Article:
Istanbul is a pure city which has been renowned, among other things, for the magnificence of its houses of prayer for centuries. Built throughout Istanbul after the conquest, the sultans' mosques are the heirlooms and the gift of sultans and their mothers who made the city “Islambol” (filled with Islam) and left the mark of Muslim Turks all around it. There is no doubt that these mosques are the highlight of the religious architecture of Istanbul. Built by sultans or sultans' mothers for young princes, “selâtin” mosques are known for having more than one minarets and have been closely associated with Istanbul. These mosques, which have been instilling spirit and meaning into the city for centuries, are displays of both the glory of the Ottoman state and the artistic and aesthetic aspects our ancestors brought into religious centers.
In this story, we visit Süleymaniye and Nuruosmaniye on the European side and Vâlide-i Atik and Big Selimiye on the Anatolian side among the "selatin" mosques.
If we were to use one adjective to describe Süleymaniye Kulliyyah -a complex comprising a mosque, a madrasa, a library, a soup kitchen, a hospice, an inn, a bathhouse, and a primary school- in the district of Fatih, it would definitely be “splendid.”
Süleymaniye is one of the seven hills of Istanbul. During the mosque’s construction, Süleymaniye was an important center of Istanbul. We need to start from the exterior to the interior -like all other buildings and venues- in order to better understand it. We roll up our sleeves and head for the fountain where history flows with water. This is the first station in history to prepare drinking water by collecting the water from the rivers of Strandzha and purifying it with oxygen by way of creating air flow based on the principle of natural tower. Each of the pipes (made by hammered brass with the contemporary technology) was meticulously designed. The fountain is also a wonder of calculation with iron wrought façades that enable air flow.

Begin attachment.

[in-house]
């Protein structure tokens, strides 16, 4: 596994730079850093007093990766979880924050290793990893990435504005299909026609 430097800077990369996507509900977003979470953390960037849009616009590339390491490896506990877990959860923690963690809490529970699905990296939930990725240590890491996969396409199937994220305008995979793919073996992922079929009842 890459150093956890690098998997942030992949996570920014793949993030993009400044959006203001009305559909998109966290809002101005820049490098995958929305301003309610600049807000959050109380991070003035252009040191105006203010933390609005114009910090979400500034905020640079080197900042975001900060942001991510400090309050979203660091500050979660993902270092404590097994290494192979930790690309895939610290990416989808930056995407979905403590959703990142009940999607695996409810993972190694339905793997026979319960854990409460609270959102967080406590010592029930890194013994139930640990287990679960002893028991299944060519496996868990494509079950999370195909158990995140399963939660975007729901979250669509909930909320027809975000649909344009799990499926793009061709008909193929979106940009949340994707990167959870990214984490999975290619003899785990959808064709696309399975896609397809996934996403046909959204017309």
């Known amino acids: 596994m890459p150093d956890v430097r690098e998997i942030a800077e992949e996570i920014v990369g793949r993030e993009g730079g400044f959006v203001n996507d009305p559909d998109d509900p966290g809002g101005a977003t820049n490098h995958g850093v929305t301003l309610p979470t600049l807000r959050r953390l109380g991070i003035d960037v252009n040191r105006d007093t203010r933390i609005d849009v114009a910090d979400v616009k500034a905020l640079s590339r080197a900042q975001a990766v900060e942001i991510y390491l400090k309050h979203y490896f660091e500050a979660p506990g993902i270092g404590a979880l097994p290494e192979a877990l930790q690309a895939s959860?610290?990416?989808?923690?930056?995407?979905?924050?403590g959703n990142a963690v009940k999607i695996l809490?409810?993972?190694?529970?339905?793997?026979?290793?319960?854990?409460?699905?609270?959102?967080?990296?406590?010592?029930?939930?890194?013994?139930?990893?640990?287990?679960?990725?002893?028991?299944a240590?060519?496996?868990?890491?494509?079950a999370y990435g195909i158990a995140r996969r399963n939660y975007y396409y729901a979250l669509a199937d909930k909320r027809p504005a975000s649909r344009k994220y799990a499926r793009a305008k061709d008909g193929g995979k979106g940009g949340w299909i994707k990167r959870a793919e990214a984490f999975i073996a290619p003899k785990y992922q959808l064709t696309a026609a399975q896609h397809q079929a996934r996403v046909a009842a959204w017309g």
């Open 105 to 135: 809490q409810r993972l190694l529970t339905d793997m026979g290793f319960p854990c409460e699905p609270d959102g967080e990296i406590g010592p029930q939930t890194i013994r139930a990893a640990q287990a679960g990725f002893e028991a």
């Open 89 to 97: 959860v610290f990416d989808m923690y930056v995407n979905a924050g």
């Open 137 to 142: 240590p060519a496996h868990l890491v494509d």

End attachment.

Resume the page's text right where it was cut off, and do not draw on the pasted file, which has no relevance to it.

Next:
We give way to contemplation and enter the mosque. We stand in the gathering place of the muezzin, put our hands on our knees, and, in reverence, travel back 470 years when the foundation of this grand sanctuary was laid. Art, aesthetics, ability, splendor, tranquility, justice, peacefulness, modesty, commitment, and the golden ratio are only some of the concepts that characterize the Süleymaniye Mosque. Although there’s a lot to write and discuss regarding the magnificent Süleymaniye in relation to its dome, fume chamber, sound system, engineering, and wondrous design, it takes us a long time to take our eyes off of the Fatir Surah that decorates the main dome with sülüs calligraphy.
After reading Al Fatihah many times by the foot of the humble mausoleums of Suleiman the Magnificent and architect Sinan who built Yavuz Sultan Selim and Şehzadebaşı Mosques in a collaboration of efforts and hearts, we stroll along the marble, stone, and soil pathways and cobblestoned pavements towards Nuruosmaniye Mosque.
If we were to say one thing about Nuruosmaniye Mosque, it’s enough to say, “a venue that invites us to preserve the balance of the world and afterlife within the vibrancy of trade.” This mosque is located in one of the most energetic locations in Istanbul, in front of the gate of the Grand Bazaar that opens up to Cağaloğlu and Çemberlitaş. We feel a sense of expansion as we walk from Süleymaniye surrounded by narrow wooden houses towards Nuruosmaniye.